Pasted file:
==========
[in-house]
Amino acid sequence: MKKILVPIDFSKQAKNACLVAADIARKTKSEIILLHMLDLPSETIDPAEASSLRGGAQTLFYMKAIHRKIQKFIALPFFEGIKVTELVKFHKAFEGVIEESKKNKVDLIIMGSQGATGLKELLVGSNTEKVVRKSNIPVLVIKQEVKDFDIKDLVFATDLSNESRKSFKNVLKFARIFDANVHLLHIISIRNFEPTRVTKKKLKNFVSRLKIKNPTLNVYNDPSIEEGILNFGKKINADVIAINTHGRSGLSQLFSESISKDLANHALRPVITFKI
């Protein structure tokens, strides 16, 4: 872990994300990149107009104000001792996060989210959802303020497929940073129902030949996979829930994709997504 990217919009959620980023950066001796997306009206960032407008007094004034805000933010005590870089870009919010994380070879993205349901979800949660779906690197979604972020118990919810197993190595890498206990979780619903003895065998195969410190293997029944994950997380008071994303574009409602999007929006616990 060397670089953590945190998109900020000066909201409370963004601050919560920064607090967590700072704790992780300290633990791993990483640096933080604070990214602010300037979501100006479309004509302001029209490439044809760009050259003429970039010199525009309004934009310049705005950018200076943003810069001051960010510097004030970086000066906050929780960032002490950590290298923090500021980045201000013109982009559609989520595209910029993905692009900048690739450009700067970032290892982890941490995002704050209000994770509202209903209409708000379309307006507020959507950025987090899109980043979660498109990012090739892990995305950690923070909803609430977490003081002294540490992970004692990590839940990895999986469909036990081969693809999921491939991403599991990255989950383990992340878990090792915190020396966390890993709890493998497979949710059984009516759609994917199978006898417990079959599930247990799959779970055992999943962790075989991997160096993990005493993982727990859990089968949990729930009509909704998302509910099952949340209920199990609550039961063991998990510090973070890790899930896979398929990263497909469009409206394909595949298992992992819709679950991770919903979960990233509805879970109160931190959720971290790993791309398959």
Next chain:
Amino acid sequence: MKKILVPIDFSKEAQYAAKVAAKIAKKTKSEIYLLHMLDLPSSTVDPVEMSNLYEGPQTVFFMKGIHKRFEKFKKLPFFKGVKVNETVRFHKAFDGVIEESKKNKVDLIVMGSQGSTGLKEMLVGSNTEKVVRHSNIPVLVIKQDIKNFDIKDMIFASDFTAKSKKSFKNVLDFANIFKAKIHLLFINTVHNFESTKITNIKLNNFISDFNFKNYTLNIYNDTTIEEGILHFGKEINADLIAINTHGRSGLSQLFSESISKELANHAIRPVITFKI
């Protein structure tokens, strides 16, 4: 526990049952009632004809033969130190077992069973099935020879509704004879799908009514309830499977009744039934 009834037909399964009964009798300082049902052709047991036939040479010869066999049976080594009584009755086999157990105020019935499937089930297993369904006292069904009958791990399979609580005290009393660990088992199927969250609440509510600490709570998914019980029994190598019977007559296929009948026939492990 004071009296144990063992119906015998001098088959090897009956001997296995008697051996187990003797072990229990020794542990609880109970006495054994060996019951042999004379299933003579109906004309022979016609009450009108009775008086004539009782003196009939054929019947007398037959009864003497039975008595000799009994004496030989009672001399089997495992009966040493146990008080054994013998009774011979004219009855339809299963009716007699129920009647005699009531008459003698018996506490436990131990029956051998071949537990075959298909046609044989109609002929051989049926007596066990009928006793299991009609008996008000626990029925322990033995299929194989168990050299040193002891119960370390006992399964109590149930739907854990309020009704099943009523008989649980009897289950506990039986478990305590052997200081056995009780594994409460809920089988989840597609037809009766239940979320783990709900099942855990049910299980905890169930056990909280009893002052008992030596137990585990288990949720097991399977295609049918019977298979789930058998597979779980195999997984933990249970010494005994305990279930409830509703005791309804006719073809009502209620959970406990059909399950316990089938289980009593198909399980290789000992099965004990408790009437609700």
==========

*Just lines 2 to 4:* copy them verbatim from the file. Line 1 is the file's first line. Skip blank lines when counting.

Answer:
Amino acid sequence: MKKILVPIDFSKQAKNACLVAADIARKTKSEIILLHMLDLPSETIDPAEASSLRGGAQTLFYMKAIHRKIQKFIALPFFEGIKVTELVKFHKAFEGVIEESKKNKVDLIIMGSQGATGLKELLVGSNTEKVVRKSNIPVLVIKQEVKDFDIKDLVFATDLSNESRKSFKNVLKFARIFDANVHLLHIISIRNFEPTRVTKKKLKNFVSRLKIKNPTLNVYNDPSIEEGILNFGKKINADVIAINTHGRSGLSQLFSESISKDLANHALRPVITFKI
């Protein structure tokens, strides 16, 4: 872990994300990149107009104000001792996060989210959802303020497929940073129902030949996979829930994709997504 990217919009959620980023950066001796997306009206960032407008007094004034805000933010005590870089870009919010994380070879993205349901979800949660779906690197979604972020118990919810197993190595890498206990979780619903003895065998195969410190293997029944994950997380008071994303574009409602999007929006616990 060397670089953590945190998109900020000066909201409370963004601050919560920064607090967590700072704790992780300290633990791993990483640096933080604070990214602010300037979501100006479309004509302001029209490439044809760009050259003429970039010199525009309004934009310049705005950018200076943003810069001051960010510097004030970086000066906050929780960032002490950590290298923090500021980045201000013109982009559609989520595209910029993905692009900048690739450009700067970032290892982890941490995002704050209000994770509202209903209409708000379309307006507020959507950025987090899109980043979660498109990012090739892990995305950690923070909803609430977490003081002294540490992970004692990590839940990895999986469909036990081969693809999921491939991403599991990255989950383990992340878990090792915190020396966390890993709890493998497979949710059984009516759609994917199978006898417990079959599930247990799959779970055992999943962790075989991997160096993990005493993982727990859990089968949990729930009509909704998302509910099952949340209920199990609550039961063991998990510090973070890790899930896979398929990263497909469009409206394909595949298992992992819709679950991770919903979960990233509805879970109160931190959720971290790993791309398959």
Next chain: